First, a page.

Depending on what part and how the dam could be blown, it may not be the worst-case 100' wall of water scenario. They could just wreck the gates or turbines and cause a lot of water to flow out, but more like a large, sustained flood than a tsunami. It took something like four years to fill the reservoir, so even a big slow leak could last until next year. Turkey currently has stopped all flow to the Syrian Euphrates and the reservoir is low right now, but that's still six million or so acre-feet of water.

Aleppo would lose their water if reservoir levels dropped a few more meters. Tishrin could produce some electricity, but not nearly enough to make up for Tabqa. There's nothing else close on the Syrian grid, so no power for a year or so in Hasaka and Raqqa if the dam is gone. All irrigated land on either side of Lake Assad and all the Euphrates flood plain farmlands to Dier EzZor would be lost for the summer.

The dam will have to be taken. I just hope those guys are really, really careful about taking it from the Captagon-fueled head-choppers. Let's just say there's pleny of opportunity for this to go south real quick for the Syrians regardless of how well the military ops. part goes.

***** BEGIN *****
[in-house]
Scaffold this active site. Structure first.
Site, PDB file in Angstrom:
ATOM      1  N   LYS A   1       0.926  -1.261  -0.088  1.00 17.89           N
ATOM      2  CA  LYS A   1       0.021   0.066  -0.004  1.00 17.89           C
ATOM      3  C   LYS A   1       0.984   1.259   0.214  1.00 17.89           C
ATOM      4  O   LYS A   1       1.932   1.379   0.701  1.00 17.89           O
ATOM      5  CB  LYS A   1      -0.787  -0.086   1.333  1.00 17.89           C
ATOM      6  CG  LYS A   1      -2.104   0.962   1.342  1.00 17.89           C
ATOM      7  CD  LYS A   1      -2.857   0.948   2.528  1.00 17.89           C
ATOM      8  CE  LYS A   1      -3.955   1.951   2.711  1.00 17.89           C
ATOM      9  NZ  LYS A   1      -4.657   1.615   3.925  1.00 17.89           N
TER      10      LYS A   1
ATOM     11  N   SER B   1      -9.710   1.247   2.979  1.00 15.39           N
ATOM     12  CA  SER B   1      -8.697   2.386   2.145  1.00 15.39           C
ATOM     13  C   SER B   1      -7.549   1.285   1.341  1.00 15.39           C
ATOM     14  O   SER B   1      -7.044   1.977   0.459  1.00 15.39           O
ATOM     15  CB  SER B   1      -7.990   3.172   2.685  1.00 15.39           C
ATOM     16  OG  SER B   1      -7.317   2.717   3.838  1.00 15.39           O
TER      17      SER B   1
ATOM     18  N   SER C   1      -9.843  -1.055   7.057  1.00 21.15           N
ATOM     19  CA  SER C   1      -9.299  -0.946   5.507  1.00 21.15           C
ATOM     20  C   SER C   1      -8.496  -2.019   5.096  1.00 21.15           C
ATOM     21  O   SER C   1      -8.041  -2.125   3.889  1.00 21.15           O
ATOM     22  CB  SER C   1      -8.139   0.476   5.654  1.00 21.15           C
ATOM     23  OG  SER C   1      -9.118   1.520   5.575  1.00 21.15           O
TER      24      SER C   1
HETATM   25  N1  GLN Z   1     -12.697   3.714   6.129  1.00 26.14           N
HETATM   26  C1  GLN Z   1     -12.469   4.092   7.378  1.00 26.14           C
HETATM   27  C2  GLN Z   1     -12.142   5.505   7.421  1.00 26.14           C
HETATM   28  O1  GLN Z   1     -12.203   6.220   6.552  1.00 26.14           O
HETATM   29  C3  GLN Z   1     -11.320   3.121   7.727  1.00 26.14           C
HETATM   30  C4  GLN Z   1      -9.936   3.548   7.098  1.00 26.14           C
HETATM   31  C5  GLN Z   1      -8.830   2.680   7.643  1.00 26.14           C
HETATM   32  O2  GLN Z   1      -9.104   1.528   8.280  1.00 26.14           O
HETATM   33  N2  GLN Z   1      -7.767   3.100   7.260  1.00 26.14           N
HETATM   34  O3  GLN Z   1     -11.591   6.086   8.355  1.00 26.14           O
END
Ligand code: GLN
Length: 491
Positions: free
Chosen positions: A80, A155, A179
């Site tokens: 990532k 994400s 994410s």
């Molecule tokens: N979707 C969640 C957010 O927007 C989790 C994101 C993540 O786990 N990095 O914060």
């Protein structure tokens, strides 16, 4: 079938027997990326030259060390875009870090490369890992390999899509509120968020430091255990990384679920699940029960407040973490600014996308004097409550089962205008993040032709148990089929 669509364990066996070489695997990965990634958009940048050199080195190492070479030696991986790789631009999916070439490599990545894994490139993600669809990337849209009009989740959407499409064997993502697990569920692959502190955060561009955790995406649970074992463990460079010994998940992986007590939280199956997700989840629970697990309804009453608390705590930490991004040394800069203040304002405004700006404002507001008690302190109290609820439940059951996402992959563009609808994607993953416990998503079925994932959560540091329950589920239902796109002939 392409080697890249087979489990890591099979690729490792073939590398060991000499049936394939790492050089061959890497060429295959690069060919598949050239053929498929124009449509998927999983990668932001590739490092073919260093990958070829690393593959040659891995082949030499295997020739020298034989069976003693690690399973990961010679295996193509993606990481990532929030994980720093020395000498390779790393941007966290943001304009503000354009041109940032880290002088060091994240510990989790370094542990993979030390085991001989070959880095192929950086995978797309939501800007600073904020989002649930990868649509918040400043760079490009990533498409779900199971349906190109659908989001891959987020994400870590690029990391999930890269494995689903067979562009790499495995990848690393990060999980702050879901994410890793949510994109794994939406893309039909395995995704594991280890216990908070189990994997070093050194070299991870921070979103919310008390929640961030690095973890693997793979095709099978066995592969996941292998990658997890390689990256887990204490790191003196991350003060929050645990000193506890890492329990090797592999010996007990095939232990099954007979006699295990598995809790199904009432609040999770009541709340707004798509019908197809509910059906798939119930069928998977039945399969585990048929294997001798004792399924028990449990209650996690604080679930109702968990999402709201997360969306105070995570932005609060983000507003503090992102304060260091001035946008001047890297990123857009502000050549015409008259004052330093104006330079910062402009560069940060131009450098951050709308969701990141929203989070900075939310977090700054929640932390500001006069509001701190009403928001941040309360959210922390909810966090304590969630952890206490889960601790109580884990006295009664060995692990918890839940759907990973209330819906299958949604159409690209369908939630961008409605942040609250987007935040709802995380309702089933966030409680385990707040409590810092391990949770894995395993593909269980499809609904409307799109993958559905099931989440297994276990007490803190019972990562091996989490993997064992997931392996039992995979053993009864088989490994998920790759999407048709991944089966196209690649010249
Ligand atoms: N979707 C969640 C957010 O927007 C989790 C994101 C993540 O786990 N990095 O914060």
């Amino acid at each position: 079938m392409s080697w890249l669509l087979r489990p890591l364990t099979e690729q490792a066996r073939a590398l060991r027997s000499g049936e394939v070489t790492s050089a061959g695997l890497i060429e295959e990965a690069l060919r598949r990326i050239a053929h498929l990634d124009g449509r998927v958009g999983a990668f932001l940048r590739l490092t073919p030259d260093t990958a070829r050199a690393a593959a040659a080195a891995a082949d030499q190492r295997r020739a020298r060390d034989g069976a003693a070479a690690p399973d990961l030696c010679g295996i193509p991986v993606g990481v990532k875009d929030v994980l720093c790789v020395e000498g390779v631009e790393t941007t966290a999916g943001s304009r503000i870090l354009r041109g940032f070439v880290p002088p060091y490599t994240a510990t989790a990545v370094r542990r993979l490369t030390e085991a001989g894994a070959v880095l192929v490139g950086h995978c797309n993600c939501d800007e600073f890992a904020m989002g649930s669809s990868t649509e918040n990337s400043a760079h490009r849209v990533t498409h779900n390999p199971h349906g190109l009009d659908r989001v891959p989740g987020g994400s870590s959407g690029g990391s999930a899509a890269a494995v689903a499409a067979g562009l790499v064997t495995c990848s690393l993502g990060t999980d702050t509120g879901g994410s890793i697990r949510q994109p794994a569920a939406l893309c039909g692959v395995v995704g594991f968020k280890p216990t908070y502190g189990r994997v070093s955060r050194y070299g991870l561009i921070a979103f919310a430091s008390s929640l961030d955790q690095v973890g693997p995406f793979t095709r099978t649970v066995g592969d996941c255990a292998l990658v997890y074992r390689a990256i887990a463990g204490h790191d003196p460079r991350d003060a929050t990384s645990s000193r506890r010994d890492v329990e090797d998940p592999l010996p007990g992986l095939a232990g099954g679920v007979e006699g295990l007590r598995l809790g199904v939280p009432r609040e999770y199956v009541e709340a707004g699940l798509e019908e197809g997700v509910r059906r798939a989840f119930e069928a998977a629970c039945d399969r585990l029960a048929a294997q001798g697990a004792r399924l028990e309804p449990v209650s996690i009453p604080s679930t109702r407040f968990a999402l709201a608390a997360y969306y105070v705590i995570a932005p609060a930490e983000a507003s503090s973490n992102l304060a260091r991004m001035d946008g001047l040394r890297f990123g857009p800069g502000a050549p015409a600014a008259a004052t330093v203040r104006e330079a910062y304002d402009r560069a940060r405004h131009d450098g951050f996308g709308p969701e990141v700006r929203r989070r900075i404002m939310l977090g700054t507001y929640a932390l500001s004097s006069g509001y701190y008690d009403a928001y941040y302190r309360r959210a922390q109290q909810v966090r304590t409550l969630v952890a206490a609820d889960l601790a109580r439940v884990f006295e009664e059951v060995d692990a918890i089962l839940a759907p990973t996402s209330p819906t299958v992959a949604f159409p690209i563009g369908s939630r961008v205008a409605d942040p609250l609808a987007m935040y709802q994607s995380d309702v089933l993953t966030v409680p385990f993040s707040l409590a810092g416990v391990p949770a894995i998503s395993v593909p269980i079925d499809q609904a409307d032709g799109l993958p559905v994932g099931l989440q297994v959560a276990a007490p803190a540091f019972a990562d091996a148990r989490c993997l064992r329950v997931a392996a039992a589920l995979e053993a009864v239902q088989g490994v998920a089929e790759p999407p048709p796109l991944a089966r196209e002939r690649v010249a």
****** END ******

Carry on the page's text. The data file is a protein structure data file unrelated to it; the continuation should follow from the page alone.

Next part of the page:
The Twisted Genius

Paveway IV,

Thanks for that clarification and detailed explanation. It will be quite interesting to see what the jihadis will do in the next few days on that dam. It certainly won't be as easy as the seizure of Tishrin Dam appeared to be.

Babak Makkinejad

Bismarck did Realpolitik, FDR could do that. But what I see in the Western Fortress is not Realpolitik, it is something akin to King Lear level of politics.

In what manner can one attribute or otherwise Justify as Realpolitik what transpired in Kosovo or in Libya - leaving Iraq out for the moment?

Or Ukraine?

Shad

The second images the KRG counter terrorist units it is from the iraqi Kurdistan

Thomas

"My point is simple enough. There's no sheriff to ride into town and put all to rights; we shouldn't blame the military for what we send them to do; and we should at least to some extent blame ourselves for what we let the politicians do."

BS. There is a chain of command for a reason, both civil and military.

The Ukrainian Government shot down that plane and it was covered up by oh so poor "Real Politik" can't be held accountable western leaders. But it is easy to prove me wrong by having NATO provide the public the radar and communication logs to bolster the perception managed narrative that rebels shot it down. Notice how the Malaysians are quiet on this? I wonder why? Could it be that the Russians have already proved it to them in private? It would explain a certain State Dept official's performance art quality meltdown in Kaliningrad.

Got keep that truth in the dark, don't want despicable deplorable masses to know what their masters are doing.